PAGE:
• Evan says:

    Making more money can either improve your standard of living, make you more wealthy, or both. There are plenty of middle class, blue collar workers who out-save doctors, lawyers and surgeons however

    • marci says:

      It could also take you deeper into debt – if one is a make more, spend more, and only worry about the monthly payments type of person 🙂 Then when the “more money” bubble bursts, one is left with monthly payments that cannot be made.

  • Mike says:

    We wouldn’t call ourselves rich. What is rich anyway? What we do have though is peace of mind. We don’t owe anyone and that sure feels good. We can still remember the days when we were panicking over money and maybe that scared us straight.

  • Briana @ GBR says:

    Having more money definitely DOESN’T make you rich. So many people live up to, if not above, their means, which essentially puts them at breaking even or going in debt. Being rich means living below your means and have money in the bank.

  • marci says:

    It’s not the income – it’s the net worth – and a “feeling” of “more than enough”…

    If you look at my income – under $20,000/yr, you wouldn’t say “rich”….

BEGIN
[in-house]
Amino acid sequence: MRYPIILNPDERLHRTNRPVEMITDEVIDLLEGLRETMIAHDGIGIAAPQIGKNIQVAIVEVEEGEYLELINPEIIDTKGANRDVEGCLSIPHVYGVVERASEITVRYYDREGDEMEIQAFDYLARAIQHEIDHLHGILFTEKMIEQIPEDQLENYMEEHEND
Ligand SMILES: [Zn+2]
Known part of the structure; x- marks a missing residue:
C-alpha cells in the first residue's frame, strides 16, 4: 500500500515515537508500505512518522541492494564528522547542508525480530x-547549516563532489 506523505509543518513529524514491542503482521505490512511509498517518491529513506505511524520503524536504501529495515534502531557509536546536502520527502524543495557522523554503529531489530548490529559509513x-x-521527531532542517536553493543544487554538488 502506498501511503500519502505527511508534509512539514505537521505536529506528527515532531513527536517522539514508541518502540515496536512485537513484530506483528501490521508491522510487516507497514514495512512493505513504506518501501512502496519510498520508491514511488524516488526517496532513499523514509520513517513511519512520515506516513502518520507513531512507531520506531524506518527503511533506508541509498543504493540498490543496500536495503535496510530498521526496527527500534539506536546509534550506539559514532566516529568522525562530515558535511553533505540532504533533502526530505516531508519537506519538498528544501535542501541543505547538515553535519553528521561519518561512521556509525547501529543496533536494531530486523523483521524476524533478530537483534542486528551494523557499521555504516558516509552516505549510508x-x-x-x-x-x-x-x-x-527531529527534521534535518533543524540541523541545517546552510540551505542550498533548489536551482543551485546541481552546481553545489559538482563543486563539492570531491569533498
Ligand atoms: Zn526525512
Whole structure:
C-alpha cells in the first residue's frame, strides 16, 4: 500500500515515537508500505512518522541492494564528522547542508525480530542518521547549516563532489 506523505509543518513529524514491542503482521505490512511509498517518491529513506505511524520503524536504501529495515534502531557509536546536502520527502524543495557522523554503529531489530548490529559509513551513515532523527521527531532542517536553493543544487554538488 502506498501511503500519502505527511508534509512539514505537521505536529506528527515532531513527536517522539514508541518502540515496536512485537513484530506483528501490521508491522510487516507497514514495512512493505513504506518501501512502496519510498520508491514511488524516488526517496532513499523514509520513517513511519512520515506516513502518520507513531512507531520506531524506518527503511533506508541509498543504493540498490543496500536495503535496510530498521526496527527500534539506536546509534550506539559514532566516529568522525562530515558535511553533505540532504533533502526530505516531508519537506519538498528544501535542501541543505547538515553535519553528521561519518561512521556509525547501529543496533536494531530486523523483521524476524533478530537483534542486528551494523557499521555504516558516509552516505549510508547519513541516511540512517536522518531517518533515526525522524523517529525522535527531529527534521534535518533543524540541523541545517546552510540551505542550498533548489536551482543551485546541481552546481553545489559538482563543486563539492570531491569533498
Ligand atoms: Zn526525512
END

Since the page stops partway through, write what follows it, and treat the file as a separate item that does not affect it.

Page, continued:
but if you look at net worth – I’m in the top 10% of Americans…. “more than enough”… 🙂 And according to the charts, the top 10% net worth are considered “rich”….. funny, huh??

  • I always tell people that it’s not the income it’s how much you keep. I save 30% of my income and force myself to live off the rest regardless of my income

  • To me, being rich (in materialistic terms) means having more than those around you. The real essence of wealth (which we often confuse with richness) is very much intangible and (for me at least) includes things like feeling good, being independent, being loved, valued and remembered for your legacy when you are gone.

    Wisebread had some good thoughts and comments on a very similar topic here http://www.wisebread.com/what-does-being-rich-mean-to-you-anyway#comments

  • One thing to consider is the real cost of striving for more and more money, more than you really need to live and be happy. More time away from your family, more stress in your daily life, frustration stuck in commuter traffic or waiting at an airport, and less time to take care of yourself. Life is a long term event and if you burn yourself out on the front end, retirement life will be painful.

  • Your definition sounds about right to me. It’s fun to spend a little once you paid for everything you need and set some aside for the future. As far as “does making more money make you rick?” – I’m sure it’s easier if you make more money.